Best Tracks: “Caverns,” “Blue Automatic,” “Psychopomp”
Worst Tracks: “Epilogue… And the Clever Depart”

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Sebastian (5)
It doesn’t get much better than this....

Comments:Add a Comment 
July 30th 2016


Album Rating: 4.5

Hey everyone! Hope you like the review. Don’t know if I’ll be writing another before next month. I actually have to go back to school on August 8th, so I’m sure to be a bit distracted. I’ll also resume my duties DJing at the radio station down there once I return, so I’ll post some details about that for any interested. Anyway, enjoy the review!

July 30th 2016


Great review, completely forgot this was coming out. Liked what I heard off the debut, so I'll definitely give this a spin tonight

August 10th 2016


Album Rating: 4.5

Really well written review! Loved reading it.

I noticed one errant 'of': "numerous of session musicians" should be "numerous session musicians", probably.

October 1st 2016


Great review. Ive never heard these guys but this makes me think it will be my kind of thing.

October 10th 2016


Album Rating: 5.0

Caverns, A Wolf in Cheap Clothing, and Psychopomp are my favorites off this album. Excellent album. Haven't been able to turn it off the past few weeks.

November 15th 2016


Album Rating: 4.0

Digging this. Strong Coheed & Cambria vibes here.

Digging: Gospel - The Moon Is a Dead World

December 14th 2016


Album Rating: 1.5

shamelessly awful

Digging: Jucara Marcal - Encarnado

December 15th 2016


Album Rating: 2.5

how does this site not see how fucking awful this band is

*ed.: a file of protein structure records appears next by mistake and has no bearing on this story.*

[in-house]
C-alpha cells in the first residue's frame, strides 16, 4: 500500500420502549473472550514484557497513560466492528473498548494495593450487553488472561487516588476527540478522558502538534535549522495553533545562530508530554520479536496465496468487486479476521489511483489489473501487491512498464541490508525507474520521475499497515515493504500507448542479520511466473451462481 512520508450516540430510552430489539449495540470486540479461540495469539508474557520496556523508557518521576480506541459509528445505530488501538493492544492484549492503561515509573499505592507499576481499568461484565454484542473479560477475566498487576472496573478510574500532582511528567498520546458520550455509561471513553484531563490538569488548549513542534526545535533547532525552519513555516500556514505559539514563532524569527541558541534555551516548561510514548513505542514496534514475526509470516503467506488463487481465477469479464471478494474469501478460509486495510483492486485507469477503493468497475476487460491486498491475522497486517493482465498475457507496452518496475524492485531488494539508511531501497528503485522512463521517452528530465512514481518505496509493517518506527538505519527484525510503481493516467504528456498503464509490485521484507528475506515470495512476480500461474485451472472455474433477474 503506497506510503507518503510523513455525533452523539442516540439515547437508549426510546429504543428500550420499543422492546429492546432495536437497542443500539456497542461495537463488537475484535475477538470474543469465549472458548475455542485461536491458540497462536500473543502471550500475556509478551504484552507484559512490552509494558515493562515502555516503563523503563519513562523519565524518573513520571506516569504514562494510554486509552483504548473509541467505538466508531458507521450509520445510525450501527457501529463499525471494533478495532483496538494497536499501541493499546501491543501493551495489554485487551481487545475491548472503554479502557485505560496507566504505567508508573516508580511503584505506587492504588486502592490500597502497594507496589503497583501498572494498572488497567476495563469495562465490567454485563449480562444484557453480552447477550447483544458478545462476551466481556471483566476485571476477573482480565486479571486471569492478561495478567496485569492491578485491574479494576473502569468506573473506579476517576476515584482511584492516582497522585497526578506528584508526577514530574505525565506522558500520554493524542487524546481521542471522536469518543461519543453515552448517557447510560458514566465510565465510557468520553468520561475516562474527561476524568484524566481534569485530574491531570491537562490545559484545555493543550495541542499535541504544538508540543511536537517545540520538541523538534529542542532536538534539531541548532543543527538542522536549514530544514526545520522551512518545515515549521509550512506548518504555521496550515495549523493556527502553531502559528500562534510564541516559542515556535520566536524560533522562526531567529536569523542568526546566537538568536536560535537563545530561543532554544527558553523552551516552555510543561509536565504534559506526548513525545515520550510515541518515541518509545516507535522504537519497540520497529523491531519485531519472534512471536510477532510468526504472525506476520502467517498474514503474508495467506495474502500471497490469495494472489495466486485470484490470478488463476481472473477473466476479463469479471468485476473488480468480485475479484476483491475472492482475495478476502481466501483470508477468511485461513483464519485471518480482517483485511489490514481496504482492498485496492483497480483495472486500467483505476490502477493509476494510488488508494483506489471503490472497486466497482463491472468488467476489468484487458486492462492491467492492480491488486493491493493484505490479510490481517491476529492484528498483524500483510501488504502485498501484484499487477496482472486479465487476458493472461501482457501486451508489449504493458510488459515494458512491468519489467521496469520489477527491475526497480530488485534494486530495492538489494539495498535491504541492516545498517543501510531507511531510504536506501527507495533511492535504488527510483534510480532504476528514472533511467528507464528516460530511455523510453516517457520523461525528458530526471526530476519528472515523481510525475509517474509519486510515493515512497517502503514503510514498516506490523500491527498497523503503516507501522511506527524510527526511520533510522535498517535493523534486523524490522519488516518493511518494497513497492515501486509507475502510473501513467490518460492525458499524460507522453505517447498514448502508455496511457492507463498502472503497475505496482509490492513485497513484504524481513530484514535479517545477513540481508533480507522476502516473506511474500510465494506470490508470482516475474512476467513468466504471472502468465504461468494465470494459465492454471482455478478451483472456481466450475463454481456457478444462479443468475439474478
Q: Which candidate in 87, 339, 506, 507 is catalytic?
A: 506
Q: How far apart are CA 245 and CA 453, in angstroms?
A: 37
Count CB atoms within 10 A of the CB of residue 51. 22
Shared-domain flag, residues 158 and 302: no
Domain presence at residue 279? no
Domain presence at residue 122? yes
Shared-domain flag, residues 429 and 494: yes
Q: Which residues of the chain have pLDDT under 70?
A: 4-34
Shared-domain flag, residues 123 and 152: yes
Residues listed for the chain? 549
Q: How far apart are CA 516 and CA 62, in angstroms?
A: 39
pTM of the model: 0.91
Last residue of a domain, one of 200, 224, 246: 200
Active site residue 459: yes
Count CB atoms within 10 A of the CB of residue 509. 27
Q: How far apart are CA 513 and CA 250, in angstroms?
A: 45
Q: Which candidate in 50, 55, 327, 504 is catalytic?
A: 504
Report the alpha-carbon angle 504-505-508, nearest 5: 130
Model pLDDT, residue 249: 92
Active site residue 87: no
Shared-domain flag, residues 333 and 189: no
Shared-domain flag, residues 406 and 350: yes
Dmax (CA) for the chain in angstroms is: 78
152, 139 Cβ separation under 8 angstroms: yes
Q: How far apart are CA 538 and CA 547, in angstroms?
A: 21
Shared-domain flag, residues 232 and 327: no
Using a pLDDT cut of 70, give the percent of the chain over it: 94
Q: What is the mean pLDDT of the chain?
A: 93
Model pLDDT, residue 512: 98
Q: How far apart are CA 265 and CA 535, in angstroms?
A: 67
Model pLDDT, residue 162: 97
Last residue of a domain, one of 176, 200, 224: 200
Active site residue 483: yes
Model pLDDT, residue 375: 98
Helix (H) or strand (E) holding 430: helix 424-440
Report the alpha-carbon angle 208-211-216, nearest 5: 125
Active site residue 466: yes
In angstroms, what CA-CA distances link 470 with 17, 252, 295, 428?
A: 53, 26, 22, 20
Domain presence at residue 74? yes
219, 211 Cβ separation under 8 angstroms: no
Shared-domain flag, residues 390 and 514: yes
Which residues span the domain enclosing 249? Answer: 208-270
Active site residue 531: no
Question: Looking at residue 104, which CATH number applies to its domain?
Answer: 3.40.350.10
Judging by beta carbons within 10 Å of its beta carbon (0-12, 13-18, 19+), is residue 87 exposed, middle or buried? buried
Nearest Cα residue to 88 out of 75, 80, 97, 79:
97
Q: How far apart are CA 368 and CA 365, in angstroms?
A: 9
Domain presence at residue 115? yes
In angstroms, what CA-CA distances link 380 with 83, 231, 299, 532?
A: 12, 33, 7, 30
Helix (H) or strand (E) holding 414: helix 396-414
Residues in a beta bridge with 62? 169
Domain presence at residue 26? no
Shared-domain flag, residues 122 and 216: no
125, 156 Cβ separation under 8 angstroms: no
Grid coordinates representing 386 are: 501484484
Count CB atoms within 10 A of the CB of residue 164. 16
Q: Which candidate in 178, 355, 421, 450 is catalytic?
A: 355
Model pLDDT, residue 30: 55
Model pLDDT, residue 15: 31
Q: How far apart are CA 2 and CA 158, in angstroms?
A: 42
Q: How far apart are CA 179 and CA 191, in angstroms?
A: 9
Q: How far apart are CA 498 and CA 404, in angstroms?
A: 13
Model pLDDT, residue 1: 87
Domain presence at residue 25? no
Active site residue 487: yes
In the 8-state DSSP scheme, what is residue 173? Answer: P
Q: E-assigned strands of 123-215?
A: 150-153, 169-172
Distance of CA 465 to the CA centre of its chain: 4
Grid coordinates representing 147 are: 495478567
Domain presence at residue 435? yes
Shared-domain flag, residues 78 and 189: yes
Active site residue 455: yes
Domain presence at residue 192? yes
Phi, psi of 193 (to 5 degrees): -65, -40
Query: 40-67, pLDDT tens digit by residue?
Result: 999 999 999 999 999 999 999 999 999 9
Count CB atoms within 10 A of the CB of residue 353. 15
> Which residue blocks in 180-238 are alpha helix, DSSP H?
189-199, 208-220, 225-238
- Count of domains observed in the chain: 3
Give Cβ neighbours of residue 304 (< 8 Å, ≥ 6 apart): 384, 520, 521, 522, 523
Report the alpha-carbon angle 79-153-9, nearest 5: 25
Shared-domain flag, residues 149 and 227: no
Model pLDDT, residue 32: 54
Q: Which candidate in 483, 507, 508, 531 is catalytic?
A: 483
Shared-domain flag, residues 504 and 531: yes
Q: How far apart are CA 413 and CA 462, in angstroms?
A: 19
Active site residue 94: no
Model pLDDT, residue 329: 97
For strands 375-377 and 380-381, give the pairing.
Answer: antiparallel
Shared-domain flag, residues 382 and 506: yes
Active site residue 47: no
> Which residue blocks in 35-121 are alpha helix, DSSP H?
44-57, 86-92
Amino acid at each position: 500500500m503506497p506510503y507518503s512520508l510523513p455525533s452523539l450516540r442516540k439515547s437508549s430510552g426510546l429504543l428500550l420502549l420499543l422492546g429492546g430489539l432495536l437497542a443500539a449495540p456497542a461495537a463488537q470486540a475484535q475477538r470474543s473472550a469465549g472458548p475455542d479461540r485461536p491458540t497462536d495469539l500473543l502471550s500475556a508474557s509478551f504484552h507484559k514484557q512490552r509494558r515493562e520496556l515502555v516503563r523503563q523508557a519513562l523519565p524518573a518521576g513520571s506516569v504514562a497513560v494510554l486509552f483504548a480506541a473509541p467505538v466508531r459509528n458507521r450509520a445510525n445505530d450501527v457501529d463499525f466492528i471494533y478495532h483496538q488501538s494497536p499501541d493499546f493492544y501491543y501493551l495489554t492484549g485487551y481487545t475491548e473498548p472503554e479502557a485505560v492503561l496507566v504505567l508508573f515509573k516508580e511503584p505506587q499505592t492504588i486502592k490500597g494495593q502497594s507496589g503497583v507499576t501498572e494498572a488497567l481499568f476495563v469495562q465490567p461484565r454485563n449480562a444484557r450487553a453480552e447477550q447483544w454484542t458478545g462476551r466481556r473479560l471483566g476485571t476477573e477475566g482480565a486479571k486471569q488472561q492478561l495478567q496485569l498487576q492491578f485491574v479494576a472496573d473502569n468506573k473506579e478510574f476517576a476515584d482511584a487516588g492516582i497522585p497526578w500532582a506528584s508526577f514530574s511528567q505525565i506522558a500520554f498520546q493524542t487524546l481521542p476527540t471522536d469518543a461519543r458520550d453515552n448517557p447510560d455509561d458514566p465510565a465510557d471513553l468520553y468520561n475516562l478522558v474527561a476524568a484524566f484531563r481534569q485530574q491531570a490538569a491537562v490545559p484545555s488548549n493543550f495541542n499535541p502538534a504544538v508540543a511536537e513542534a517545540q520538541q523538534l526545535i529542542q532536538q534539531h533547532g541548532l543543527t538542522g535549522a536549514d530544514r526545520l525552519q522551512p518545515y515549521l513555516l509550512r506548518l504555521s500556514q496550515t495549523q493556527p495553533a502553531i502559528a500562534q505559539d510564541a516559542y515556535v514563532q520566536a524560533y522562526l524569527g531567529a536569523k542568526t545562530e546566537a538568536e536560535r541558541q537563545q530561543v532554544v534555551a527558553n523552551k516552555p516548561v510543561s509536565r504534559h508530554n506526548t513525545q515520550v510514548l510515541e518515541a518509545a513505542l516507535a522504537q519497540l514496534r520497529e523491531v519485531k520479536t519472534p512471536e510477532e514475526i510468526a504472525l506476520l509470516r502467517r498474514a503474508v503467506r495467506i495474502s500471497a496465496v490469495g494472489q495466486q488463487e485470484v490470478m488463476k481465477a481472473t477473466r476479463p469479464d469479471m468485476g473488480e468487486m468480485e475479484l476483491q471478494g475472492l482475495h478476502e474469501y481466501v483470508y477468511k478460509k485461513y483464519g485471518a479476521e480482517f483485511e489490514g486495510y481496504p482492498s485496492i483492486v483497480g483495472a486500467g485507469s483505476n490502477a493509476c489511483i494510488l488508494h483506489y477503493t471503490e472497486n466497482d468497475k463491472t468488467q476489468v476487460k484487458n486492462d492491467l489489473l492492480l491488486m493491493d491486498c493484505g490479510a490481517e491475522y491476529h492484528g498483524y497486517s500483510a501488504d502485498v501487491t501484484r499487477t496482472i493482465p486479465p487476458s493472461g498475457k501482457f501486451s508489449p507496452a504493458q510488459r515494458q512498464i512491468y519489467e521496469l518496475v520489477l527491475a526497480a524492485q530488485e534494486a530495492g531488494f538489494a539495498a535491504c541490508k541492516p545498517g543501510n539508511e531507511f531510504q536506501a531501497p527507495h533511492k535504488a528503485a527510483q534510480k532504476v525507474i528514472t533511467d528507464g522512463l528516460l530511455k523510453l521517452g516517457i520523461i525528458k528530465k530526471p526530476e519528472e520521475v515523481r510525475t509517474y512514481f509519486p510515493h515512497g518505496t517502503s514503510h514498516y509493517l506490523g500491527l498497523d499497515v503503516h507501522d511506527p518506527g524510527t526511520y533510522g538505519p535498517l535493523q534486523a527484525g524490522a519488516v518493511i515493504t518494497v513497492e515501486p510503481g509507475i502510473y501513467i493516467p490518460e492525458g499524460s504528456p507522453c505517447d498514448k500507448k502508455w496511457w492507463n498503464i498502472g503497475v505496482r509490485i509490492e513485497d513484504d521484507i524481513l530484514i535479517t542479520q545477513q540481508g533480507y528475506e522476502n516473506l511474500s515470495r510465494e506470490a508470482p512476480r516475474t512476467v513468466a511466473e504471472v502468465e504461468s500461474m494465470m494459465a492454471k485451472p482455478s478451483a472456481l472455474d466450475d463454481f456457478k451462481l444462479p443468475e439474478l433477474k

Digging: Drive-by Truckers - American Band

December 20th 2016


Album Rating: 1.5

this band could ruin black forest gateau for me

its funny cos the composition on these songs has everything I like... lots of variation and orchestration and the free will to jump out of its key or to tell a main instrument it's suddenly an accompanying instrument, and all played by decent players. but progressive music just can't survive this perfectionist process where every part is auditioned and tweaked until it's a transition.

give pro-tools back to priffry and try again with some long notes, feedback, coughing and shit.

Contributing Reviewer
December 20th 2016


Album Rating: 1.5 | Sound Off

Unfathomably shit

Digging: The Posies - Success

December 20th 2016


Band fell off hard for me. I can't seem to get into how disconnected everything feels from each other.

Digging: Sleep Station - After the War

December 20th 2016


Album Rating: 2.0

I'm with that Doofus.

Digging: Andy Stott - Passed Me By

December 20th 2016


I haven't even given this a full listen yet. Just couldn't get into it

December 20th 2016


Album Rating: 3.0

Underwhelming. Loved the last album but this was a major dropoff.

Digging: Modern Baseball - You?re Gonna Miss It All

December 21st 2016


Album Rating: 4.5

Anyone else think that the Prologue sounds like something straight off The Dear Hunter. Hell even the vocals are incredibly similar.

Digging: Ulver - The Assassination of Julius Caesar

Contributing Reviewer
February 22nd 2017


Album Rating: 1.5 | Sound Off

Lol at this sitting on a 4

February 22nd 2017


Album Rating: 1.5


February 28th 2017


Album Rating: 4.5

I love this album.

February 28th 2017


Album Rating: 4.0

I gave it a 4 and I don't remember anything about it. There goes my credibility.